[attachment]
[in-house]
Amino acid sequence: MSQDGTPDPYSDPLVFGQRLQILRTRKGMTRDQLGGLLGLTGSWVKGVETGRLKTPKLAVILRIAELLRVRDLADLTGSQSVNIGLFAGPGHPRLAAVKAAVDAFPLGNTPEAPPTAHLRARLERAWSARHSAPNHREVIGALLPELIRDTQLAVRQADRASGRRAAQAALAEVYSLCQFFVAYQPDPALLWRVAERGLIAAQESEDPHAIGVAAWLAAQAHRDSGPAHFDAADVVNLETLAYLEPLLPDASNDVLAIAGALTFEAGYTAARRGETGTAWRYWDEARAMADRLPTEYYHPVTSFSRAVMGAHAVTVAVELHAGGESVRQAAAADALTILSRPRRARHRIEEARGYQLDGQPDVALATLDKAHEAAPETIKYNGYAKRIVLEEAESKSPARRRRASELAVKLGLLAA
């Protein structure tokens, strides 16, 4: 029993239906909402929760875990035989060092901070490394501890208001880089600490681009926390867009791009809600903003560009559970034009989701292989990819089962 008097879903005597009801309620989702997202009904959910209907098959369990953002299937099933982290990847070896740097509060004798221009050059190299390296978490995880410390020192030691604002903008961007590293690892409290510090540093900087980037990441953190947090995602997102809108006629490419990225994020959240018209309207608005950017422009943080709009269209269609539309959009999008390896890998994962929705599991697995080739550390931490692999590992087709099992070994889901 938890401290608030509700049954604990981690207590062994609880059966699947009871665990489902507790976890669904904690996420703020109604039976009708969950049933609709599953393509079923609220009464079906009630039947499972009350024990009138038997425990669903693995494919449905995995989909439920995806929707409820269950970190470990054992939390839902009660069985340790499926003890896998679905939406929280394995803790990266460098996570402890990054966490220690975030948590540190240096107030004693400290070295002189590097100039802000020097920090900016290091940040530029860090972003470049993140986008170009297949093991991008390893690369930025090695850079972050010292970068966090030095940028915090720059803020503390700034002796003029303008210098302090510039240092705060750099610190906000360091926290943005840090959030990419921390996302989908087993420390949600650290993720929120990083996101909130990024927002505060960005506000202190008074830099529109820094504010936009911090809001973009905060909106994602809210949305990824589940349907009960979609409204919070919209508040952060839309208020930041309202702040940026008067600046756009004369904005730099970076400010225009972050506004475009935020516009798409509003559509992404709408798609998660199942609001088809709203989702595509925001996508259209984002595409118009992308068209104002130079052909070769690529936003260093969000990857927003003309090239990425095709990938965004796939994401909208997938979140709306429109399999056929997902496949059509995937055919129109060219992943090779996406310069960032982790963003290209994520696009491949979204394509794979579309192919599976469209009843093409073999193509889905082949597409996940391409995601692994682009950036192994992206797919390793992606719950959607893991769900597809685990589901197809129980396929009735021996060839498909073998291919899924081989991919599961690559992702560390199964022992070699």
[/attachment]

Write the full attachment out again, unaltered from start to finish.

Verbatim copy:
[in-house]
Amino acid sequence: MSQDGTPDPYSDPLVFGQRLQILRTRKGMTRDQLGGLLGLTGSWVKGVETGRLKTPKLAVILRIAELLRVRDLADLTGSQSVNIGLFAGPGHPRLAAVKAAVDAFPLGNTPEAPPTAHLRARLERAWSARHSAPNHREVIGALLPELIRDTQLAVRQADRASGRRAAQAALAEVYSLCQFFVAYQPDPALLWRVAERGLIAAQESEDPHAIGVAAWLAAQAHRDSGPAHFDAADVVNLETLAYLEPLLPDASNDVLAIAGALTFEAGYTAARRGETGTAWRYWDEARAMADRLPTEYYHPVTSFSRAVMGAHAVTVAVELHAGGESVRQAAAADALTILSRPRRARHRIEEARGYQLDGQPDVALATLDKAHEAAPETIKYNGYAKRIVLEEAESKSPARRRRASELAVKLGLLAA
């Protein structure tokens, strides 16, 4: 029993239906909402929760875990035989060092901070490394501890208001880089600490681009926390867009791009809600903003560009559970034009989701292989990819089962 008097879903005597009801309620989702997202009904959910209907098959369990953002299937099933982290990847070896740097509060004798221009050059190299390296978490995880410390020192030691604002903008961007590293690892409290510090540093900087980037990441953190947090995602997102809108006629490419990225994020959240018209309207608005950017422009943080709009269209269609539309959009999008390896890998994962929705599991697995080739550390931490692999590992087709099992070994889901 938890401290608030509700049954604990981690207590062994609880059966699947009871665990489902507790976890669904904690996420703020109604039976009708969950049933609709599953393509079923609220009464079906009630039947499972009350024990009138038997425990669903693995494919449905995995989909439920995806929707409820269950970190470990054992939390839902009660069985340790499926003890896998679905939406929280394995803790990266460098996570402890990054966490220690975030948590540190240096107030004693400290070295002189590097100039802000020097920090900016290091940040530029860090972003470049993140986008170009297949093991991008390893690369930025090695850079972050010292970068966090030095940028915090720059803020503390700034002796003029303008210098302090510039240092705060750099610190906000360091926290943005840090959030990419921390996302989908087993420390949600650290993720929120990083996101909130990024927002505060960005506000202190008074830099529109820094504010936009911090809001973009905060909106994602809210949305990824589940349907009960979609409204919070919209508040952060839309208020930041309202702040940026008067600046756009004369904005730099970076400010225009972050506004475009935020516009798409509003559509992404709408798609998660199942609001088809709203989702595509925001996508259209984002595409118009992308068209104002130079052909070769690529936003260093969000990857927003003309090239990425095709990938965004796939994401909208997938979140709306429109399999056929997902496949059509995937055919129109060219992943090779996406310069960032982790963003290209994520696009491949979204394509794979579309192919599976469209009843093409073999193509889905082949597409996940391409995601692994682009950036192994992206797919390793992606719950959607893991769900597809685990589901197809129980396929009735021996060839498909073998291919899924081989991919599961690559992702560390199964022992070699």